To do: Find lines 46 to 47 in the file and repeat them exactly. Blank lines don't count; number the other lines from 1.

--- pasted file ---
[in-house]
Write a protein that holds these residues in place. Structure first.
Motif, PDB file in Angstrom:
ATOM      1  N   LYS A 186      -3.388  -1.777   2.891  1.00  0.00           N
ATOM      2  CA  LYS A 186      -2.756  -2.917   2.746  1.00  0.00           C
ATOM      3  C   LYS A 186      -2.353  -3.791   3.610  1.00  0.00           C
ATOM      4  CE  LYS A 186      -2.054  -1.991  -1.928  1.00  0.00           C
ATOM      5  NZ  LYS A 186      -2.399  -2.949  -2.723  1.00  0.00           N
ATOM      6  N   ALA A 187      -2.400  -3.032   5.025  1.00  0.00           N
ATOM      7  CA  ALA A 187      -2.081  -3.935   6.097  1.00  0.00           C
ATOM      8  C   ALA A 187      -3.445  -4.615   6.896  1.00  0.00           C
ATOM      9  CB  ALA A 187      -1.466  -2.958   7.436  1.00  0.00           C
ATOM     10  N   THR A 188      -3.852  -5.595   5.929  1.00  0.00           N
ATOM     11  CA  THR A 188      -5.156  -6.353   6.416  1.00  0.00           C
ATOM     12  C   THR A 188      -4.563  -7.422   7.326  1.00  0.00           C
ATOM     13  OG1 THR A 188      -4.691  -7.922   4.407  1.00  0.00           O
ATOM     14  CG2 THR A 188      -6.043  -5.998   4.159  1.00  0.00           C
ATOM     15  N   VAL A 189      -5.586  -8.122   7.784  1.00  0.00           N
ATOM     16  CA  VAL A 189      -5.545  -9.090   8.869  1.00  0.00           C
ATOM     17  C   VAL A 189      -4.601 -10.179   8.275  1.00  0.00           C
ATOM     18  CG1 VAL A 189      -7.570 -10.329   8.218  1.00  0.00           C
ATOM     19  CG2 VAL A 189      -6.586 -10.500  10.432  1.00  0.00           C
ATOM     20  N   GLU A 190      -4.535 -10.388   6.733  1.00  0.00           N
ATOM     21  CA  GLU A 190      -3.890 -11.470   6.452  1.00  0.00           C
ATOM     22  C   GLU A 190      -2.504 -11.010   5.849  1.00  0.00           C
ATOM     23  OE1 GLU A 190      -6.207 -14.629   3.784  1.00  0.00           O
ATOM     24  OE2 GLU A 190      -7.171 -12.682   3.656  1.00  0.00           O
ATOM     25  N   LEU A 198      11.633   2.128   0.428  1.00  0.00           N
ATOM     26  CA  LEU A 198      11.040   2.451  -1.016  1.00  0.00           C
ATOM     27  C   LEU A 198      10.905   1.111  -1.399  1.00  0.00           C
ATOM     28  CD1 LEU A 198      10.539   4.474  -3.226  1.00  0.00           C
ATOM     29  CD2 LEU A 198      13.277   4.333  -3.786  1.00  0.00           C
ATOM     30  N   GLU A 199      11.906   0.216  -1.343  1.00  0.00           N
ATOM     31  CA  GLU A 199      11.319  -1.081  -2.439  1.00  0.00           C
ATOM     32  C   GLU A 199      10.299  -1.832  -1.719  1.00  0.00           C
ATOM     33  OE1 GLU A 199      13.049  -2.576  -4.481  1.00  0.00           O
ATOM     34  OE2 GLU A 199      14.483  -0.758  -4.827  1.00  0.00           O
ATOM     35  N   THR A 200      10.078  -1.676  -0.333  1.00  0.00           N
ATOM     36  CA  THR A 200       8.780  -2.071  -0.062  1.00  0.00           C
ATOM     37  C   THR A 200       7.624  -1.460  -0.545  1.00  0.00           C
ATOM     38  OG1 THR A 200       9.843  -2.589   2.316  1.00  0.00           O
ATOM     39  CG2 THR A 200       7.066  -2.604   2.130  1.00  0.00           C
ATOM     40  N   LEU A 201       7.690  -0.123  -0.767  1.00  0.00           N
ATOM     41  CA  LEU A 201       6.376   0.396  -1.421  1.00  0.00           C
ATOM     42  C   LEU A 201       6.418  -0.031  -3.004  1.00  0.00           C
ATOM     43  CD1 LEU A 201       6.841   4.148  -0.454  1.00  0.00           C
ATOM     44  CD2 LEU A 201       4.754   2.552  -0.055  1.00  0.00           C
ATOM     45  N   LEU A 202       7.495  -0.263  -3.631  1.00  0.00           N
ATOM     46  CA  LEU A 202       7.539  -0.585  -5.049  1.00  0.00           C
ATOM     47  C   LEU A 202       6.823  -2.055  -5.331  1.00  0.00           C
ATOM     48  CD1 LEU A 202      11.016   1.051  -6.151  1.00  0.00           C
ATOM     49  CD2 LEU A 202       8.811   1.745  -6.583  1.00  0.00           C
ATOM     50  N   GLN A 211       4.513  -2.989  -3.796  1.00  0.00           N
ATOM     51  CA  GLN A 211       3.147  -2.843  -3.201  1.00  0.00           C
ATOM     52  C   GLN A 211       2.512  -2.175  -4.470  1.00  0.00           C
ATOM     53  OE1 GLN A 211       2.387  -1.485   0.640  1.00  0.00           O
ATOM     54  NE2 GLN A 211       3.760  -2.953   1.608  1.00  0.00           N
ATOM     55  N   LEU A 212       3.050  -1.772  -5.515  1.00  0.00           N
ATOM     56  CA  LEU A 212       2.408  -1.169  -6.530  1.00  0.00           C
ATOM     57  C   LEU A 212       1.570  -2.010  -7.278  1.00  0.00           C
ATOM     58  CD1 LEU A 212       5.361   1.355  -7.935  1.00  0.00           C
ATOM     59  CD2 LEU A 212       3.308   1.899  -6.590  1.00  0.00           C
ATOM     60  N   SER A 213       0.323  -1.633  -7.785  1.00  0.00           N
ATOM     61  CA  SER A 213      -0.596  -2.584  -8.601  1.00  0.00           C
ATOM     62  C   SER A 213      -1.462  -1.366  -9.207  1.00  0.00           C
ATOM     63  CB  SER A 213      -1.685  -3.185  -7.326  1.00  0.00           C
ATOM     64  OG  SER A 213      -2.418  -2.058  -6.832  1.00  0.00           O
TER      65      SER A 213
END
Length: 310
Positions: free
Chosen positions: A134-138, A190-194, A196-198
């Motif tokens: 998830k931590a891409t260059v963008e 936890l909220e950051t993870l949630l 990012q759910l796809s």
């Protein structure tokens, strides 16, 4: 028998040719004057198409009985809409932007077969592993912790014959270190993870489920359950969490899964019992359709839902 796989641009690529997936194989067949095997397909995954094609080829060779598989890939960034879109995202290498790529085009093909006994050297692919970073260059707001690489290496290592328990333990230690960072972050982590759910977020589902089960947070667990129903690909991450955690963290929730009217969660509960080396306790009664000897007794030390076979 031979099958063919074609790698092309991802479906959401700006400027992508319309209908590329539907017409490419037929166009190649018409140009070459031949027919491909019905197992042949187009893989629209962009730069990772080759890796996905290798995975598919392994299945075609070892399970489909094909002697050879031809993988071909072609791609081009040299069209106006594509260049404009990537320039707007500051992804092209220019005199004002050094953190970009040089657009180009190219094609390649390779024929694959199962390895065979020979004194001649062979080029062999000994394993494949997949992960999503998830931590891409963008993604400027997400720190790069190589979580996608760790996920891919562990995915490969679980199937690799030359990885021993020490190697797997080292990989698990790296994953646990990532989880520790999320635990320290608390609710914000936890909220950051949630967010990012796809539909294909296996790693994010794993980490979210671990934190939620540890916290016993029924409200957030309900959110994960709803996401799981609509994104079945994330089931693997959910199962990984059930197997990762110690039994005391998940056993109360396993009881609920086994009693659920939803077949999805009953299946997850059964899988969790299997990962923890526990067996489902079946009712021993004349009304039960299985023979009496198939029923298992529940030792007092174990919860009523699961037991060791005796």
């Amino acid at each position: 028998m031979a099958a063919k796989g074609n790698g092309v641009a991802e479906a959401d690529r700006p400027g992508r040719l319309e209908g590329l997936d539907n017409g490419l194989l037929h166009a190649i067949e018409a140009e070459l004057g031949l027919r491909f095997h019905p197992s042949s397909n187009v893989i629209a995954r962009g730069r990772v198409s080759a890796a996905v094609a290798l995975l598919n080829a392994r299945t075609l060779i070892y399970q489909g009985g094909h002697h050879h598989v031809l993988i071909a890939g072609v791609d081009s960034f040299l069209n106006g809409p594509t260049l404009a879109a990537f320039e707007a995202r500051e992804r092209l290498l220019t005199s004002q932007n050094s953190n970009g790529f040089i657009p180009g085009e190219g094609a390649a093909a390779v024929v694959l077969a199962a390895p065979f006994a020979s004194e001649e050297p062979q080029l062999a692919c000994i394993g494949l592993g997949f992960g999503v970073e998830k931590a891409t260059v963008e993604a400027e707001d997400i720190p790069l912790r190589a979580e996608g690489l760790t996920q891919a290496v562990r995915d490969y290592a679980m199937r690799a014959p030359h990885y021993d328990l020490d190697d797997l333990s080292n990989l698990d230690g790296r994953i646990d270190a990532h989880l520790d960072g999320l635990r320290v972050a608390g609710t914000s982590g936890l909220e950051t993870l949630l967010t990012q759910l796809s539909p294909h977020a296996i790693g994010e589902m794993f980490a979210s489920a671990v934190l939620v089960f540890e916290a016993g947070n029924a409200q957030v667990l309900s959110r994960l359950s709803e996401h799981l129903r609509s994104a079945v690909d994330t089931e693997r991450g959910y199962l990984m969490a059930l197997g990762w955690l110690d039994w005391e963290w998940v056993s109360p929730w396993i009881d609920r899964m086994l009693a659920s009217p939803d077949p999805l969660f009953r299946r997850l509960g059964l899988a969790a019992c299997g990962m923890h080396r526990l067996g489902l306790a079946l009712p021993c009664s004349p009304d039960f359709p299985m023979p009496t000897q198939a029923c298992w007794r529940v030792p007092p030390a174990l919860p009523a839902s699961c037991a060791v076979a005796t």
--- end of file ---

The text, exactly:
ATOM     43  CD1 LEU A 201       6.841   4.148  -0.454  1.00  0.00           C
ATOM     44  CD2 LEU A 201       4.754   2.552  -0.055  1.00  0.00           C